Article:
It’s never a welcome sight when you notice a lawn mower leaking oil and smoking exhaust pipe on your lawn mower. Not only is it concerning, but it often indicates that something isn’t quite right with your machine. So if you’re seeing smoke and signs of oil leakage from your lawn mower’s exhaust, this blog post can help!
Here we’ll cover what could be causing these problems and how to diagnose and fix them so that your lawn mower continues functioning optimally for years to come.
Oil Coming Out of Exhaust Lawn Mower – Issues & Solution
Lawn mower troubles can often cause a pesky oil leak from the exhaust, but luckily several simple causes could be to blame. From tilting it incorrectly or adding too much oil, to clogged air filters and carburettor imbalances – these problems might require some sleuthing skills and detective work on your part to find if they’re at fault. Still, thankfully, all of them have easy solutions.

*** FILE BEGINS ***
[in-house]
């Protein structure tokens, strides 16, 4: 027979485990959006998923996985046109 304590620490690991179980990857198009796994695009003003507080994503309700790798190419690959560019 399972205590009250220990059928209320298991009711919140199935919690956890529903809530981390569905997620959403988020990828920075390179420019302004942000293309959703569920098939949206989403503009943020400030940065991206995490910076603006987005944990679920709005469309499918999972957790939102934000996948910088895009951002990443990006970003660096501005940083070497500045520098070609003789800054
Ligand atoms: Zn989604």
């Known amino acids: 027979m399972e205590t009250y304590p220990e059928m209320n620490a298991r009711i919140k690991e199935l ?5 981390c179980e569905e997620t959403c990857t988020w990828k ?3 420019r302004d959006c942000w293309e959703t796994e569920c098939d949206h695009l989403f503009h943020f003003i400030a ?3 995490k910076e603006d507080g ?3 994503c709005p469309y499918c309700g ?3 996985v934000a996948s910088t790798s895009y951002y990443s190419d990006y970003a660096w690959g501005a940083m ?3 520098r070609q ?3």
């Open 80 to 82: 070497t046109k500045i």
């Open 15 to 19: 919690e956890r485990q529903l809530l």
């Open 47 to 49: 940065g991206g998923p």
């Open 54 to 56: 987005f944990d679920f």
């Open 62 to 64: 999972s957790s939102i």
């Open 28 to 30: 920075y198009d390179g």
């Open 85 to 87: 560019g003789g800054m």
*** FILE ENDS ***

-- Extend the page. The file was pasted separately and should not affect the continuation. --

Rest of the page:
If you’re seeing oil coming out of the exhaust pipe on your lawn mower, this is likely indicating an issue with your engine. The most common cause of oil leakage from the exhaust are the following;
An air filter may be dirty or clogged.
The lawn mower’s air filter is located inside the engine compartment and filters the air drawn in for combustion. If this filter becomes clogged or dirty, it can restrict airflow and cause pressure to build up within the engine. This can push oil out through the exhaust pipe and leak oil from your lawn mower’s exhaust.
How To fix it.
To fix this problem, change your old air filter with a new one and ensure it is properly installed. It’s also important to clean or replace your air filter regularly to prevent this issue from happening again.
The oil level may be too high.
Another possible cause of oil leakage from the exhaust on your lawn mower could be an overfilled oil reservoir. If the oil level is too high, this can lead to pressure building up in the engine and forcing oil out through the exhaust pipe.
How To fix it.
To rectify this issue, drain excess oil from your lawn mower’s reservoir until it reaches a safe level. Ensure you refer to your owner’s manual for the proper oil capacity.
Oil Leak From the Engine